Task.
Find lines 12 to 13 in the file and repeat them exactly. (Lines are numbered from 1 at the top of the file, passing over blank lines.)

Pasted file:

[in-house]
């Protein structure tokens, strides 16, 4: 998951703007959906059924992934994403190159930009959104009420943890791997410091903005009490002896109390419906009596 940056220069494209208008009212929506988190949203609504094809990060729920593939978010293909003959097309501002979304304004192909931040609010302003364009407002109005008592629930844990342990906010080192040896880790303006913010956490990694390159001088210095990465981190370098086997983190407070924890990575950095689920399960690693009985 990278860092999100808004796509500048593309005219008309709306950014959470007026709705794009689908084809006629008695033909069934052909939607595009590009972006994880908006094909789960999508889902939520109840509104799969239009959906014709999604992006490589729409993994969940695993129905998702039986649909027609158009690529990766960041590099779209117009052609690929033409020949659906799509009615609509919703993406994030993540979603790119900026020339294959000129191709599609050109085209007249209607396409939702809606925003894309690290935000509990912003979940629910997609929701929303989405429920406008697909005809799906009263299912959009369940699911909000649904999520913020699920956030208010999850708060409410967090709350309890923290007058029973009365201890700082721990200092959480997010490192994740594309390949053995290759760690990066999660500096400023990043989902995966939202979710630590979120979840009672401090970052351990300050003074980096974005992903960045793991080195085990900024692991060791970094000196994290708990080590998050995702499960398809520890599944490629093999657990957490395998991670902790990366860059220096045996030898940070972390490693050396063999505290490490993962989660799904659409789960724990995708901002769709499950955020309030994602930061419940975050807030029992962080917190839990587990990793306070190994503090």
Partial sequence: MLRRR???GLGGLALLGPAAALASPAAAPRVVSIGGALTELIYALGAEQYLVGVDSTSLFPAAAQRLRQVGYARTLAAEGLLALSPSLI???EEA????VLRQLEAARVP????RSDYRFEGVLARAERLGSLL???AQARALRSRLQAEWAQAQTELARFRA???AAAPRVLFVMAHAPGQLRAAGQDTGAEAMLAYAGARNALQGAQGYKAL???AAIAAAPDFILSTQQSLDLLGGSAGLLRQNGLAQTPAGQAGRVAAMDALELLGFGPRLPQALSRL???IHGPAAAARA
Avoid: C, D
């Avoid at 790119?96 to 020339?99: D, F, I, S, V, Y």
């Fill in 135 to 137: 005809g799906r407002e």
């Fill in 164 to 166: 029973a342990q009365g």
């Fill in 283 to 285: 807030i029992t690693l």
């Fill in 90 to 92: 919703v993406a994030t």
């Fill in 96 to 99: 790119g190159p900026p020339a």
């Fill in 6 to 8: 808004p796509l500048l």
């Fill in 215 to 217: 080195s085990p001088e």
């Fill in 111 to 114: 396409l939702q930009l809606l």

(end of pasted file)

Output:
């Fill in 215 to 217: 080195s085990p001088e």
């Fill in 111 to 114: 396409l939702q930009l809606l």